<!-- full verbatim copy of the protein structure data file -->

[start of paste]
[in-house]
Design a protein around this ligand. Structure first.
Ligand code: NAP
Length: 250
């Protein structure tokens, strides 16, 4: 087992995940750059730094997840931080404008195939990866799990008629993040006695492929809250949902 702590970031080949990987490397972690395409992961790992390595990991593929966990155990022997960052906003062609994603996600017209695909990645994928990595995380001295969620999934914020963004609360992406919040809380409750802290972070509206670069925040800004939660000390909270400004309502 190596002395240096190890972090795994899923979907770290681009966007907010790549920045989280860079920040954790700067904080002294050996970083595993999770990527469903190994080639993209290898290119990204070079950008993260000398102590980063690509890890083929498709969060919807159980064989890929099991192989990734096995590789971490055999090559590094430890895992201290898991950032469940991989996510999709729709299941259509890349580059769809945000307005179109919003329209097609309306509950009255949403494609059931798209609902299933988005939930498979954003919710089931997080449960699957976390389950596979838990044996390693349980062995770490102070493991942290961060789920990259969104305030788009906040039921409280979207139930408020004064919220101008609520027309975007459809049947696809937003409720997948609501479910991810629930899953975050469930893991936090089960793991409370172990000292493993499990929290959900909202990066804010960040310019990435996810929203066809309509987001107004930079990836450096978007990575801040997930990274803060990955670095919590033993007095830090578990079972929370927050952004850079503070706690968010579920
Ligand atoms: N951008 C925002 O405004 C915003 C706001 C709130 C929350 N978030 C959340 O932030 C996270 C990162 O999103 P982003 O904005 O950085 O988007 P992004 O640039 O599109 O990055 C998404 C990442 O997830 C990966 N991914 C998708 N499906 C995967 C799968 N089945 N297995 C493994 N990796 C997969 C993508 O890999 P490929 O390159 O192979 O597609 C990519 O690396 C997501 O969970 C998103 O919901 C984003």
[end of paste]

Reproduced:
[in-house]
Design a protein around this ligand. Structure first.
Ligand code: NAP
Length: 250
């Protein structure tokens, strides 16, 4: 087992995940750059730094997840931080404008195939990866799990008629993040006695492929809250949902 702590970031080949990987490397972690395409992961790992390595990991593929966990155990022997960052906003062609994603996600017209695909990645994928990595995380001295969620999934914020963004609360992406919040809380409750802290972070509206670069925040800004939660000390909270400004309502 190596002395240096190890972090795994899923979907770290681009966007907010790549920045989280860079920040954790700067904080002294050996970083595993999770990527469903190994080639993209290898290119990204070079950008993260000398102590980063690509890890083929498709969060919807159980064989890929099991192989990734096995590789971490055999090559590094430890895992201290898991950032469940991989996510999709729709299941259509890349580059769809945000307005179109919003329209097609309306509950009255949403494609059931798209609902299933988005939930498979954003919710089931997080449960699957976390389950596979838990044996390693349980062995770490102070493991942290961060789920990259969104305030788009906040039921409280979207139930408020004064919220101008609520027309975007459809049947696809937003409720997948609501479910991810629930899953975050469930893991936090089960793991409370172990000292493993499990929290959900909202990066804010960040310019990435996810929203066809309509987001107004930079990836450096978007990575801040997930990274803060990955670095919590033993007095830090578990079972929370927050952004850079503070706690968010579920
Ligand atoms: N951008 C925002 O405004 C915003 C706001 C709130 C929350 N978030 C959340 O932030 C996270 C990162 O999103 P982003 O904005 O950085 O988007 P992004 O640039 O599109 O990055 C998404 C990442 O997830 C990966 N991914 C998708 N499906 C995967 C799968 N089945 N297995 C493994 N990796 C997969 C993508 O890999 P490929 O390159 O192979 O597609 C990519 O690396 C997501 O969970 C998103 O919901 C984003």